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Late afternoon and evenings are the worst. There is something about the coming of darkness that produces a bit more sadness and anxiety. We are called to live in the light of Christ, not in the darkness that encompasses much of our world. Sometimes the light of Christ seems dimmed and far away while shadows creep in from all sides.

In Jean's hospice setting, late afternoon and evenings are the worst for me. There is something about the coming of darkness that produces a bit more of sadness and anxiety. We are called to live in the light of Christ, not in the darkness that encompasses much of our world. Sometimes the light of Christ seems dimmed and far away while shadows creep in from all sides.

It helps when, at 8:30 pm, I am at the Convent of the Sisters, Servants of Mary to pick up Sr. Fabiola and take her to stay with Jean for the night. Before we leave the Convent those of us whom the Sisters serve this night pray together with the Sisters before leaving. Arriving at our home, Sister Fabiola joins Jean and our family for night prayers. It is then, in our darkness, that the light of Christ shines more brightly and the shadows of anxiety and sadness recede.

This night Jean regaled Sister Fabiola with stories of her childhood and her early experience at St. Rita’s Catholic School in Philadelphia. For about 20 minutes Jean had Sister Fabiola laughing about how she couldn’t resist talking to her friend Rita, how, caught talking by her homeroom Sister, she was obliged to put a penny in the mite box for starving children in the world, and how Jean, who always had something to say to Rita, would put the penny in the mite box before class started. Better to pay in advance. It saves time and trouble, although I doubt that Sister was pleased with this arrangement.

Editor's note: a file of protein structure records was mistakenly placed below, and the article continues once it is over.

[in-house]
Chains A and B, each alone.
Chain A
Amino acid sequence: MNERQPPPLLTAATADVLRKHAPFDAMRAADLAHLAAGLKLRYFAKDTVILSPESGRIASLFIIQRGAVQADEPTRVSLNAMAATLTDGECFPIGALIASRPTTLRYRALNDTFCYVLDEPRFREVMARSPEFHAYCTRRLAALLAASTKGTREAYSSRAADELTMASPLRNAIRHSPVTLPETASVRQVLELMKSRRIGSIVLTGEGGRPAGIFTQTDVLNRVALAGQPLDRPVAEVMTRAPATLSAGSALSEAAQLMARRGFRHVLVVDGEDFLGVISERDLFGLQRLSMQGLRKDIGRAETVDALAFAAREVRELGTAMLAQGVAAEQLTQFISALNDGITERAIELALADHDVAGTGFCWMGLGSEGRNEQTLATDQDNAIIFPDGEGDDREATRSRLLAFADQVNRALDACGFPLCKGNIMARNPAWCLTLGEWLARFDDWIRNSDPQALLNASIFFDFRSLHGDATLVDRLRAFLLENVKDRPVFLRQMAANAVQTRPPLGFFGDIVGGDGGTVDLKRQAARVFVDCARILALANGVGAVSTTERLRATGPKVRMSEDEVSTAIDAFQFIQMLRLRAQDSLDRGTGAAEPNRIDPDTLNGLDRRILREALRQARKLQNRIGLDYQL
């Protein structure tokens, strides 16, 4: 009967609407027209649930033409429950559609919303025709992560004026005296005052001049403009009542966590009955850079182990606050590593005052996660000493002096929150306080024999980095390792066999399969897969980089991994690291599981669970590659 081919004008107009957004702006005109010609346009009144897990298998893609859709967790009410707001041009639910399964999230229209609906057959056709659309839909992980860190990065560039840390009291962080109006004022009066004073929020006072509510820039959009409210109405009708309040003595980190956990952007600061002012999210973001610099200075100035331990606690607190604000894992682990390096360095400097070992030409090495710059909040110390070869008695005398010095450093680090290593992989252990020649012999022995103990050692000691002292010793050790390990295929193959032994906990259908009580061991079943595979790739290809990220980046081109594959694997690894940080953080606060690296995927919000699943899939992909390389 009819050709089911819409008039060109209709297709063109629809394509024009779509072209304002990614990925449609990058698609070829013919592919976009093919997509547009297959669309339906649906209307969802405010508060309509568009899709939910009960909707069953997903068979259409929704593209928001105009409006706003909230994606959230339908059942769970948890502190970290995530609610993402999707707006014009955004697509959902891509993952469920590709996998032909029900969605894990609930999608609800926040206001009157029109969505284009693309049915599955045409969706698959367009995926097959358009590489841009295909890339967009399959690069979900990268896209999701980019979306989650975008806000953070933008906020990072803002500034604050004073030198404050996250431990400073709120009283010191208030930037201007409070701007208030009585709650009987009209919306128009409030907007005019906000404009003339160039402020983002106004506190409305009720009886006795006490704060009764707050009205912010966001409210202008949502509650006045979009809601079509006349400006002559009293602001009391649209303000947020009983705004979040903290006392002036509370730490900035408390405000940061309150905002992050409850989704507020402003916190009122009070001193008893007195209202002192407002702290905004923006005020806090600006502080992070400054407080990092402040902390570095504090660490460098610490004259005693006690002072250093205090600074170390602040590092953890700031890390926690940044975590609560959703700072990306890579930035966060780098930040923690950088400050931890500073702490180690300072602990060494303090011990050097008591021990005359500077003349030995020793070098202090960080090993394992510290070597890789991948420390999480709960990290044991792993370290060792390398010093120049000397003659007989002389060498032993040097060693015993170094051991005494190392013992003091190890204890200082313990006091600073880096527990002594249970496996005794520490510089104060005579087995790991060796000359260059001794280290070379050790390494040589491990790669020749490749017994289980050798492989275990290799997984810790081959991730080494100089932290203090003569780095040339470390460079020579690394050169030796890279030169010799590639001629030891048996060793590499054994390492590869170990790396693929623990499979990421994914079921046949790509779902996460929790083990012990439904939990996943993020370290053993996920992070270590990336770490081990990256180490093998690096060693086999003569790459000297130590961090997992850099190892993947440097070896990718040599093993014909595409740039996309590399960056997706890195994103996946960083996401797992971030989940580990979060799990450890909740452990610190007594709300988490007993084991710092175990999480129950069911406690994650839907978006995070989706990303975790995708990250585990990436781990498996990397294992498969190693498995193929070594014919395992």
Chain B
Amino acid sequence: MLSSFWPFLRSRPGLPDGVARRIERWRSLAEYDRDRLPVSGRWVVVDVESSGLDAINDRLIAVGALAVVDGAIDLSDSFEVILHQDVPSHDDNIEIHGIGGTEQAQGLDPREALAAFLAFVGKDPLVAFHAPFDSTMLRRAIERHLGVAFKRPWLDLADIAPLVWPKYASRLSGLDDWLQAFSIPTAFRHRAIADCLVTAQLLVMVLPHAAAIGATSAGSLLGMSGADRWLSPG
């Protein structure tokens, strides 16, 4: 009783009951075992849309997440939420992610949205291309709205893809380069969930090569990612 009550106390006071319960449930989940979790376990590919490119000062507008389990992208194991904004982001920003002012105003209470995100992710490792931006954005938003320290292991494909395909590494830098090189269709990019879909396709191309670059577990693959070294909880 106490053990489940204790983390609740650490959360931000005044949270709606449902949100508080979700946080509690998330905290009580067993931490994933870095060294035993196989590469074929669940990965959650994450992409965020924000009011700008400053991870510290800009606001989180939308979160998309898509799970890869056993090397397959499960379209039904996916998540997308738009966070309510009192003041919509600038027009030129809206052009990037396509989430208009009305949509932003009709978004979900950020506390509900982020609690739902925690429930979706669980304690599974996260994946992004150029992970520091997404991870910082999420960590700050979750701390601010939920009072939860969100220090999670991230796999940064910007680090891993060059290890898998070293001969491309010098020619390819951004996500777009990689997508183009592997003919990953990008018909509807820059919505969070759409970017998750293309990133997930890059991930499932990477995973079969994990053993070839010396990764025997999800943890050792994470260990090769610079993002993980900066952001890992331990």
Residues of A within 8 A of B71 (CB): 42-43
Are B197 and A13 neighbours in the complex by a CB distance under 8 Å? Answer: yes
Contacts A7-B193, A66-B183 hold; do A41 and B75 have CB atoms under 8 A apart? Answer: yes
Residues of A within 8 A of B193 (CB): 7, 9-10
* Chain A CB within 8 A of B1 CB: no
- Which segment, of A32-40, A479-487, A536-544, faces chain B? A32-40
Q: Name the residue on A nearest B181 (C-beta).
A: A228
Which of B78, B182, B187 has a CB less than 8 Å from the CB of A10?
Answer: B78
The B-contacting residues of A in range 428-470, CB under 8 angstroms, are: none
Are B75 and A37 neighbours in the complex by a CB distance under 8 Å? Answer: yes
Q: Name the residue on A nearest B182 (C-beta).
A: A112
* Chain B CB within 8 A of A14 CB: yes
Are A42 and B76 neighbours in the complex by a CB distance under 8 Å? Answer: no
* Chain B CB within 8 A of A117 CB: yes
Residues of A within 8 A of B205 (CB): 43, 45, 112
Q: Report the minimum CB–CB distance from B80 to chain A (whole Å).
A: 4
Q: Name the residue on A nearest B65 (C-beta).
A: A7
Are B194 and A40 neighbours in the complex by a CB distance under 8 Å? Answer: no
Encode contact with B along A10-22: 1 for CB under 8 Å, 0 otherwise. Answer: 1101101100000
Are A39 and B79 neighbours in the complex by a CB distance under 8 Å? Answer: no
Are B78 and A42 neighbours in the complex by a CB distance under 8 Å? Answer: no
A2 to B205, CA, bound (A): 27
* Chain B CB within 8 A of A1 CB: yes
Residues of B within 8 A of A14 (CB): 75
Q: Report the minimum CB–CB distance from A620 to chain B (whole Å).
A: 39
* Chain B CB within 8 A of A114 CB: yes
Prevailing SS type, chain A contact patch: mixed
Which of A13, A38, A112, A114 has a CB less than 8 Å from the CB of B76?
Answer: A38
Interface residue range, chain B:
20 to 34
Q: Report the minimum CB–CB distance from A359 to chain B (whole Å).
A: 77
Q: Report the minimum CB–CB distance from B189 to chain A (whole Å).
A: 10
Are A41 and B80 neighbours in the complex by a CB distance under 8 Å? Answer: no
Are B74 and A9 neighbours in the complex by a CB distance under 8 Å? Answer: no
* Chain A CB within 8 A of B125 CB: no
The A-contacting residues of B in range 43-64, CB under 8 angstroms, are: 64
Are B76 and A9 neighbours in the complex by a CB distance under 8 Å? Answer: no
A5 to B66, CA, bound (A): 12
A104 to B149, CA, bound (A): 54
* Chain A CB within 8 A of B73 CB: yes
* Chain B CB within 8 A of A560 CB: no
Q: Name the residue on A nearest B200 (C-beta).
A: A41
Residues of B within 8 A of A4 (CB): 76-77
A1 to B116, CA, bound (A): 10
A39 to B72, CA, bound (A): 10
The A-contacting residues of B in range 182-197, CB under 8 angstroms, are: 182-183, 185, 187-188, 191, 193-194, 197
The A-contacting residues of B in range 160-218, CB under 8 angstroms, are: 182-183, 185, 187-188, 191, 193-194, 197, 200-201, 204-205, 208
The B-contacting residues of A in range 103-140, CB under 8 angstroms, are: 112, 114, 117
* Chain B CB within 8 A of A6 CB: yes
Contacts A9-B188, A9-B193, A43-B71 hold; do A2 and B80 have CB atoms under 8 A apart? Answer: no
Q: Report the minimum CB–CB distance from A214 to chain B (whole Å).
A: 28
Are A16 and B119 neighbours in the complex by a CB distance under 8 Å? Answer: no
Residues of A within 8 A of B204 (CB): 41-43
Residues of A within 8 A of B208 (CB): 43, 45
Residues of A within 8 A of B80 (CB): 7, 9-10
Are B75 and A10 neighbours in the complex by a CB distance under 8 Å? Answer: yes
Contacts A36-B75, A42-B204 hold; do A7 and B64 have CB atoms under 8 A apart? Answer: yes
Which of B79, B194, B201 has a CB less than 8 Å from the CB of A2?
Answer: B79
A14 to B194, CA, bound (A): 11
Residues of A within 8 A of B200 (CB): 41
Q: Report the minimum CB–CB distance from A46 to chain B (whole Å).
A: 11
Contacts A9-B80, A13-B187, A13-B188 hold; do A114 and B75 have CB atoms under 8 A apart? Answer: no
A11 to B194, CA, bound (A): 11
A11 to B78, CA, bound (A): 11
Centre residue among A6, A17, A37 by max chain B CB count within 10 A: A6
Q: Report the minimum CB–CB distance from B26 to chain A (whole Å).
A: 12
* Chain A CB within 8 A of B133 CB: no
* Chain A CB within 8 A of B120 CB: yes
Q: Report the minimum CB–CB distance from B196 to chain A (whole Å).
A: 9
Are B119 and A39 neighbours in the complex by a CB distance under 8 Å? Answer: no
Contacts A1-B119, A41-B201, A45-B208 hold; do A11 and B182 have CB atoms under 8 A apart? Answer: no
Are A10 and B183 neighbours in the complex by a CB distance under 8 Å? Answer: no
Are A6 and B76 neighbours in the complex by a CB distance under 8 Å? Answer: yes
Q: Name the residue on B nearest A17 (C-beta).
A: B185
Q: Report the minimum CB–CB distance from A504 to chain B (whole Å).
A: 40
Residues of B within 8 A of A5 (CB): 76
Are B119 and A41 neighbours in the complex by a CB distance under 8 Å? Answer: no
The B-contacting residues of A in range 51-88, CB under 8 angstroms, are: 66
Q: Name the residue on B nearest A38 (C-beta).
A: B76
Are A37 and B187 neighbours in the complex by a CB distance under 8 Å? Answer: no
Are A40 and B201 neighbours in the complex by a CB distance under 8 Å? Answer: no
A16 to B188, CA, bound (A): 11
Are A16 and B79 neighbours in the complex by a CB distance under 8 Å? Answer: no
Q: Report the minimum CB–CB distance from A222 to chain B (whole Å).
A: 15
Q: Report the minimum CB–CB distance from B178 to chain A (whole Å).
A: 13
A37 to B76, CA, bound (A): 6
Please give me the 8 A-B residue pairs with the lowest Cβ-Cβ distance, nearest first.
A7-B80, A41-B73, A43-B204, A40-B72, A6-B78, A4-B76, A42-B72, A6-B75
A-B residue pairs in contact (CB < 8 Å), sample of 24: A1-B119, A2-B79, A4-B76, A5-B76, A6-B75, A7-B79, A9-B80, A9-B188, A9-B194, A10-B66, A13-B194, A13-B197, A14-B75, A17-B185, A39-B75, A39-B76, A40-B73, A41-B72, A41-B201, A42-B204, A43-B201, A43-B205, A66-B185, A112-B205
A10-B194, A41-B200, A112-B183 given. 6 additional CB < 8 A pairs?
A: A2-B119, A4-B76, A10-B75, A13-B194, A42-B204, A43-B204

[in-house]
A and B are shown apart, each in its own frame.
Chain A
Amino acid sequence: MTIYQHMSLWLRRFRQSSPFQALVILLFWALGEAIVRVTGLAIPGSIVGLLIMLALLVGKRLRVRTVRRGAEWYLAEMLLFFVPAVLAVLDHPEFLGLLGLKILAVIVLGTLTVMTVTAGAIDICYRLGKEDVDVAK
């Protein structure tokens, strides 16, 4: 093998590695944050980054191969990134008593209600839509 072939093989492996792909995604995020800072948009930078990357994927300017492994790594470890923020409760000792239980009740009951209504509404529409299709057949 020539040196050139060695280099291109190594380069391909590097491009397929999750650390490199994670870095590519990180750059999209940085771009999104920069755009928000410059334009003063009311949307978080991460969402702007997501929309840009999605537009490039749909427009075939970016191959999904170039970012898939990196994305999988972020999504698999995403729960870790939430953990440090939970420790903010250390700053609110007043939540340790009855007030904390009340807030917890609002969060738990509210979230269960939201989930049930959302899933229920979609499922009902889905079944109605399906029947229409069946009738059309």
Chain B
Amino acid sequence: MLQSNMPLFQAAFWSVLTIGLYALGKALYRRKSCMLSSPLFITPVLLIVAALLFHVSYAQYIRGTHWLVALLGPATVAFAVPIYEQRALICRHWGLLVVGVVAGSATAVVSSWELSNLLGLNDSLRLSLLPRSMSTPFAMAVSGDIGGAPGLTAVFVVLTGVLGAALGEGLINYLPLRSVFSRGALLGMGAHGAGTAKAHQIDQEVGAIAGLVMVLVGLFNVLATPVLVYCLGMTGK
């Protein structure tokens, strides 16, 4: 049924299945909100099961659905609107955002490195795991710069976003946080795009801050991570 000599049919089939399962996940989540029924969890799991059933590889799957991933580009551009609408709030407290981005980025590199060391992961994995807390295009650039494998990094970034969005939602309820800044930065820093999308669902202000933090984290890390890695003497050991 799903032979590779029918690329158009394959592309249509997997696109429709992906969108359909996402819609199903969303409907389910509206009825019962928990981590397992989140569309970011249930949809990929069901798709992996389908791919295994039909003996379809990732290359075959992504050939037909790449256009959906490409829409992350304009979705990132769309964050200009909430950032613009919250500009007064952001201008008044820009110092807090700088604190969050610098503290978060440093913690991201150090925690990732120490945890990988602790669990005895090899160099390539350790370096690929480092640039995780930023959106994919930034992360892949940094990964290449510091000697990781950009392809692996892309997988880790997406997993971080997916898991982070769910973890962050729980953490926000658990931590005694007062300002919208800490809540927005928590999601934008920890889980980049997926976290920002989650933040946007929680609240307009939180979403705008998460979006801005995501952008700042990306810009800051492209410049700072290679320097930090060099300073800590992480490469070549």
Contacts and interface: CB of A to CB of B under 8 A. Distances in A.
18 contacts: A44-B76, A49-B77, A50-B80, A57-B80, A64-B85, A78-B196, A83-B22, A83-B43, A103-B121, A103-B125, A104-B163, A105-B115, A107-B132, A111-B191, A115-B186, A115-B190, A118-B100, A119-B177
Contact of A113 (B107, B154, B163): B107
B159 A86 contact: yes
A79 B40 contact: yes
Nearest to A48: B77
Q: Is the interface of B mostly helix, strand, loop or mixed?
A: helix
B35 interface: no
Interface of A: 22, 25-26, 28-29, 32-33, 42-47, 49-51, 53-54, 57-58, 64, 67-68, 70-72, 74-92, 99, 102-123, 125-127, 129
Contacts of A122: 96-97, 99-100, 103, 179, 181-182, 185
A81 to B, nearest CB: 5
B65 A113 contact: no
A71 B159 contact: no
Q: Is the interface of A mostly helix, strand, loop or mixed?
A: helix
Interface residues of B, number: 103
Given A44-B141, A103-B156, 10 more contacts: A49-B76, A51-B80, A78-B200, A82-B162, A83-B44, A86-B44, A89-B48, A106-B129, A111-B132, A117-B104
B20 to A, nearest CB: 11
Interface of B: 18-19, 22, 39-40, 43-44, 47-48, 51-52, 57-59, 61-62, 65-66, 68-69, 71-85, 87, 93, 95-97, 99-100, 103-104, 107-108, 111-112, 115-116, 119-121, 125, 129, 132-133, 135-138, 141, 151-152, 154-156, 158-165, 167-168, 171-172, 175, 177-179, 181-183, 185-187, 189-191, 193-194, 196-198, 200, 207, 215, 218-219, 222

Jean is incredibly patient, grateful for her care, trusting as she continues to walk the path that God has asked her to walk, her one hand in the hand of Mary and her other hand in the hand of St. Rita of Cascia, her favorite saint. As we walk our paths of life we will encounter our crosses, and if we accept them we will fully understand their healing power. Saint Louis de Montfort parted with friends saying, “May God bless you and give you many small crosses!”.

Jean is bearing her cross with patience and acceptance of the will of God. I, along with my family, are bearing ours as best we can. In this Hospice setting, there is joy, acceptance and an outpouring of love between Jean, her family and her caregivers. We have moments of deep peace and happiness. Peace, happiness, joy and outpouring of love are characteristics of the Kingdom of God. The Kingdom of God is indeed among us. It is easier to see when we banish the shadows and allow the light of Christ to illuminate our path.

Robert Luchi